Animals live in a world of limited resources. When resources that affect survival and reproduction–food, water, mates, nest sites, burrows, and so on–are scarce, conflicts of interest arise. Natural selection favors traits that enhance success in competition, and competitive pressures are responsible for some of the most spectacular adaptations that we see in nature: the peacock’s tail, the many variations in the beaks of Darwin’s finches, the ants’ complex colonies, and the baboon’s intimidating canines. Even our large and powerful brains may be the legacy of millions of years of maneuvering for advantage in competitive situations. A growing body of evidence suggests that social bonds may also help animals compete effectively and cope with the consequences of conflict. Some species, including many primates, form coalitions in contests with rivals. A variety of social tactics, including grooming, reproductive concessions, and tolerance at feeding sites, may be used to strengthen relationships with valued allies. The presence of reliable allies may protect animals from harassment and reduce stress.
This general argument implies that sociality will have fitness consequences for the individual. However, there were few efforts to actually test this idea, partly because it seemed unlikely that we would be able to link the short-term benefits that individuals derive from social interactions, such as grooming or greetings, to long-term differences in their fitness. However, as my friend, Lynn Fairbanks, pointed out to me over lunch one day, we ought to look for connections between social bonds and fitness outcomes.
Savanna baboons seemed like ideal candidates for this kind of analysis. Primatologists have been studying baboons for decades, so we already know a lot about their social organization, mating systems, and behavior. Baboons form large multi-male, multi-female groups from which males disperse at puberty. Females remain in their natal group throughout their lives and form stable dominance hierarchies, in which related females occupy adjacent ranks. Coalitionary support plays an important role in rank acquisition, and might also play a role in maintaining dominance rank. Females spend a good part of their day grooming, a behavior that is thought to cement social bonds.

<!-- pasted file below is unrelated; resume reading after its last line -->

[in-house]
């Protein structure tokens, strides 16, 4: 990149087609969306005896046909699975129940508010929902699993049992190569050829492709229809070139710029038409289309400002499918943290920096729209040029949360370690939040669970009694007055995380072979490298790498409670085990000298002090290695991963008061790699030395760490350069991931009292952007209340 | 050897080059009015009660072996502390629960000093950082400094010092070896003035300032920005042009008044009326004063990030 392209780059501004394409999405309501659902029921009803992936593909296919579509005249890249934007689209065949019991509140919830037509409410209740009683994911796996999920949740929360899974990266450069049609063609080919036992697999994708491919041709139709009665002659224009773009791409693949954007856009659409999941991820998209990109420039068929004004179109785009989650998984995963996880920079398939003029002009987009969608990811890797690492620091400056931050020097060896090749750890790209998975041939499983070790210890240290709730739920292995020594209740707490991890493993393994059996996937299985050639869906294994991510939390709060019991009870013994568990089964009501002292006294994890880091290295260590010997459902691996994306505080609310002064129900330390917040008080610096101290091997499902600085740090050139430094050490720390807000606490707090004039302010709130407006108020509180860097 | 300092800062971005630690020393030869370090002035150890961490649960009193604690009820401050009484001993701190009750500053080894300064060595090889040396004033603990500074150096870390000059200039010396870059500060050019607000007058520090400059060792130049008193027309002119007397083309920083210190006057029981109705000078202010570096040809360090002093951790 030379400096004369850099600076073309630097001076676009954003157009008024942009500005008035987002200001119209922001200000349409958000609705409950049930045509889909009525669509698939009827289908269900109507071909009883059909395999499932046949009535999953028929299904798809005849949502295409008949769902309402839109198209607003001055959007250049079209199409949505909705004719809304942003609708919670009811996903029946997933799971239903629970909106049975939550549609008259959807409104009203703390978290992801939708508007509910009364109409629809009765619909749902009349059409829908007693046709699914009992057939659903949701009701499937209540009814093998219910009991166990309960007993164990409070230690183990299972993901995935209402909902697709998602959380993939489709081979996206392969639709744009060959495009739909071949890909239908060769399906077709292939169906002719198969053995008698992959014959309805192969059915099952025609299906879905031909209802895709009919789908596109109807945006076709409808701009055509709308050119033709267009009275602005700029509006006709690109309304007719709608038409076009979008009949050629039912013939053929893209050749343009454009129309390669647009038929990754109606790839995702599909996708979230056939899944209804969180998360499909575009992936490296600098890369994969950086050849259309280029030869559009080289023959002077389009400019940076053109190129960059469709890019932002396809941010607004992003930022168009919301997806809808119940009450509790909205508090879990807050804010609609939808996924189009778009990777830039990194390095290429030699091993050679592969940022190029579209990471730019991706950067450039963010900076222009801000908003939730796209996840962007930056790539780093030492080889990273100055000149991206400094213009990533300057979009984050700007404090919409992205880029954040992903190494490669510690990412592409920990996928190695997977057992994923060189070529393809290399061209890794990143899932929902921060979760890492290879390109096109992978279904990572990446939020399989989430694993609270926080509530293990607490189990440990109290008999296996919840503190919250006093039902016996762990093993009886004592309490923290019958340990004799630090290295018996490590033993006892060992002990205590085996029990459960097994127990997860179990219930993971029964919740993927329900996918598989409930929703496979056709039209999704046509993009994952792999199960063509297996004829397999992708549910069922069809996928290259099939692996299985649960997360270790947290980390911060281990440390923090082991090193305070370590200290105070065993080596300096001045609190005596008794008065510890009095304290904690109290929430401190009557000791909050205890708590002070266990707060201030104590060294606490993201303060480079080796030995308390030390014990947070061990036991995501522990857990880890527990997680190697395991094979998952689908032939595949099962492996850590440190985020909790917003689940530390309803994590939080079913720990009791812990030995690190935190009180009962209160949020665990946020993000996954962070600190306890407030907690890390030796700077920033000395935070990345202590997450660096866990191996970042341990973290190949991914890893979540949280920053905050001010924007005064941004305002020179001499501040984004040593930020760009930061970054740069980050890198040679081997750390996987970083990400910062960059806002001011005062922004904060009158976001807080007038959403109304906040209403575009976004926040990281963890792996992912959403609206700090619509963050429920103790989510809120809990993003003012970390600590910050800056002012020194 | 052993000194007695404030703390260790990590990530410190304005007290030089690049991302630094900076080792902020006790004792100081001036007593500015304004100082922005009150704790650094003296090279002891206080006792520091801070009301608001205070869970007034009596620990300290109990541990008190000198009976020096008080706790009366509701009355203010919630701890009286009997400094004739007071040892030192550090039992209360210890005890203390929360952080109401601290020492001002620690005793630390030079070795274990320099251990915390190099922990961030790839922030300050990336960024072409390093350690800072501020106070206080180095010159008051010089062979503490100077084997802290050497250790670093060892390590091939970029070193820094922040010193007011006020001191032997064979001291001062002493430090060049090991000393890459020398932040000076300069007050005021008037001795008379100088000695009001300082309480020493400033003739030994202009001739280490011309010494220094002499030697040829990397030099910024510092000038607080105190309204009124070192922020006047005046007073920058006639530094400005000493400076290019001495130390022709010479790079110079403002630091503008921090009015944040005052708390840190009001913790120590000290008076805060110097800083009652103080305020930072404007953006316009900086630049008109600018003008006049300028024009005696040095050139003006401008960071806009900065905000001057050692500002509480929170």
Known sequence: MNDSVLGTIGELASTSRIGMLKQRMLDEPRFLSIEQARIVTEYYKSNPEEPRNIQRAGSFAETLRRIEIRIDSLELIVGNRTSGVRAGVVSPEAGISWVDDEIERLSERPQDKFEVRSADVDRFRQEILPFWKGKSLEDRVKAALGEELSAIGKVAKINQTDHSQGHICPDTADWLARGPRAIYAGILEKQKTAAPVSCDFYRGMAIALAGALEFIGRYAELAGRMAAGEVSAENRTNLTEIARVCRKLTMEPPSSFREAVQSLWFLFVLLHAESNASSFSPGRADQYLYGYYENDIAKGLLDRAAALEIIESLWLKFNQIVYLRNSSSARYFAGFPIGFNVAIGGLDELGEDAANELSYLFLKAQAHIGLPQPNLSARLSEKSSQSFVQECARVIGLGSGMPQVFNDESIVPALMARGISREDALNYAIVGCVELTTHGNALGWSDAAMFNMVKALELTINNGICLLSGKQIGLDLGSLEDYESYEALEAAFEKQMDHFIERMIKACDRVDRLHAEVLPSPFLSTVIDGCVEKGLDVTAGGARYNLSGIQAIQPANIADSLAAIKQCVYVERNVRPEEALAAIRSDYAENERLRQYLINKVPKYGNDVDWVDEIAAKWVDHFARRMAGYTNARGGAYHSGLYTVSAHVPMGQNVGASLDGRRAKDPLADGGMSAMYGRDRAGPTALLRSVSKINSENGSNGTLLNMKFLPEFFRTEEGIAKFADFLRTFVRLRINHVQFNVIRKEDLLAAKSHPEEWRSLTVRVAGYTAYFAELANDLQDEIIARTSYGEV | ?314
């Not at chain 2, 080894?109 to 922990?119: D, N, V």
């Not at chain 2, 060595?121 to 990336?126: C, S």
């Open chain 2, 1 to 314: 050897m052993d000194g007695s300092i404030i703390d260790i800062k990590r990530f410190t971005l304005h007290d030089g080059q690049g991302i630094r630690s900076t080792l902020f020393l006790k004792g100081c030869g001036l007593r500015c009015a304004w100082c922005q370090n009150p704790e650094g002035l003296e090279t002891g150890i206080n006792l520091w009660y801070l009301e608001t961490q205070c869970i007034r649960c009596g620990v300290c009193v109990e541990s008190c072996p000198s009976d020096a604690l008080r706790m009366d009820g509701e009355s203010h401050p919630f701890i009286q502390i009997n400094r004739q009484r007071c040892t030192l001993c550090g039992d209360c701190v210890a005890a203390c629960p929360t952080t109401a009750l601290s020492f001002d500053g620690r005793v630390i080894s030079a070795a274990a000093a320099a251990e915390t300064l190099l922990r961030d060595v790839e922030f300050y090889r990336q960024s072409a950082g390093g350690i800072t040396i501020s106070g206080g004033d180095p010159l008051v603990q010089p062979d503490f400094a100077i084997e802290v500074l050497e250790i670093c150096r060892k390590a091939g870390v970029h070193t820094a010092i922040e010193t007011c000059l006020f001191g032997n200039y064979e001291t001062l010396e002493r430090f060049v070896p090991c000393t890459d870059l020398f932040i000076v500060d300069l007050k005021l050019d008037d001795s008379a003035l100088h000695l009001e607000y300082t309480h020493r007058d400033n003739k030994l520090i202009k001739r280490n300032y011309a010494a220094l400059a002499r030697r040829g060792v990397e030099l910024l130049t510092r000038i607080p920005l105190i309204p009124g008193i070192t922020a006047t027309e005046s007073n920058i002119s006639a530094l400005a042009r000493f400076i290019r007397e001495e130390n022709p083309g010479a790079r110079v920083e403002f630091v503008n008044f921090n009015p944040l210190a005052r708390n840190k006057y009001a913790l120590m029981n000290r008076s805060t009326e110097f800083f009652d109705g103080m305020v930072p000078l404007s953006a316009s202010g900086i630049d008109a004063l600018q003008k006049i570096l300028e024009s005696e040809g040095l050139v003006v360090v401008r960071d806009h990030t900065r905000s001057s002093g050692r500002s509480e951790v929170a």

I proposed an analysis of the structure and function of social bonds among female baboons to my friends, Jeanne Altmann and Susan Alberts, directors of the Amboseli Baboon Research Project (ABRP), which has been monitoring yellow baboons, Papio cynocephalus, in the Amboseli basin of Kenya since the early 1970s. I had worked in Amboseli in the early 1980s and knew that the ABRP conducted systematic observations of female social behavior and collected information about various aspects of female reproductive behavior. I suggested that we put these two data sets together. Jeanne and Susan agreed to collaborate on this project, and soon hundreds of thousands of lines of behavioral data representing more than 100 females were sitting on my hard disk.
The first step was to quantify social relationships. Social relationships are abstractions that represent the history of interactions among individuals. We needed to operationalize this concept. Susan had devised an index of “social integration” to characterize the social disposition of Amboseli males, and we modified this procedure for our analyses of females. We used information about the rates of grooming and association to create a composite sociality index for each female. The next step was to evaluate female reproductive success. Infant survival is an important source of variation in lifetime fitness among females in the Amboseli population, so we calculated the proportion of each female’s infants that survived their first year of life.